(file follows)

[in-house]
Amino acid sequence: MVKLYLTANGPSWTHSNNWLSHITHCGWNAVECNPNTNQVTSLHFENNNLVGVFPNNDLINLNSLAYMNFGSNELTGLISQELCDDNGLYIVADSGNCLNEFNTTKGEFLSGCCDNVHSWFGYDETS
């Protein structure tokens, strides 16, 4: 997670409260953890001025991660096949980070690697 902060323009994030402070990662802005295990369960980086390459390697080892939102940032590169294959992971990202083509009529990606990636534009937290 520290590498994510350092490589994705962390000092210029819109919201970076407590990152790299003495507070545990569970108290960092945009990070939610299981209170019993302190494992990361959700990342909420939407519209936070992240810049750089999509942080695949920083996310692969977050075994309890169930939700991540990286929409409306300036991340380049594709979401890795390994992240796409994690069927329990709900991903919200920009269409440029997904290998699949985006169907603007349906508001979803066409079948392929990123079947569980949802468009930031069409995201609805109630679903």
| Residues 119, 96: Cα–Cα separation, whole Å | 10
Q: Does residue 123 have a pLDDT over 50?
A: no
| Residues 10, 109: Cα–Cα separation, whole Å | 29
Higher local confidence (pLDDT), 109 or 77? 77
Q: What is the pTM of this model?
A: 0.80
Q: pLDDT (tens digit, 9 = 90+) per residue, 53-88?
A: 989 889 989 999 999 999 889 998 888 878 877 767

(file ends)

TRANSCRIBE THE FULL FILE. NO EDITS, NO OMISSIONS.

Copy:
[in-house]
Amino acid sequence: MVKLYLTANGPSWTHSNNWLSHITHCGWNAVECNPNTNQVTSLHFENNNLVGVFPNNDLINLNSLAYMNFGSNELTGLISQELCDDNGLYIVADSGNCLNEFNTTKGEFLSGCCDNVHSWFGYDETS
């Protein structure tokens, strides 16, 4: 997670409260953890001025991660096949980070690697 902060323009994030402070990662802005295990369960980086390459390697080892939102940032590169294959992971990202083509009529990606990636534009937290 520290590498994510350092490589994705962390000092210029819109919201970076407590990152790299003495507070545990569970108290960092945009990070939610299981209170019993302190494992990361959700990342909420939407519209936070992240810049750089999509942080695949920083996310692969977050075994309890169930939700991540990286929409409306300036991340380049594709979401890795390994992240796409994690069927329990709900991903919200920009269409440029997904290998699949985006169907603007349906508001979803066409079948392929990123079947569980949802468009930031069409995201609805109630679903």
| Residues 119, 96: Cα–Cα separation, whole Å | 10
Q: Does residue 123 have a pLDDT over 50?
A: no
| Residues 10, 109: Cα–Cα separation, whole Å | 29
Higher local confidence (pLDDT), 109 or 77? 77
Q: What is the pTM of this model?
A: 0.80
Q: pLDDT (tens digit, 9 = 90+) per residue, 53-88?
A: 989 889 989 999 999 999 889 998 888 878 877 767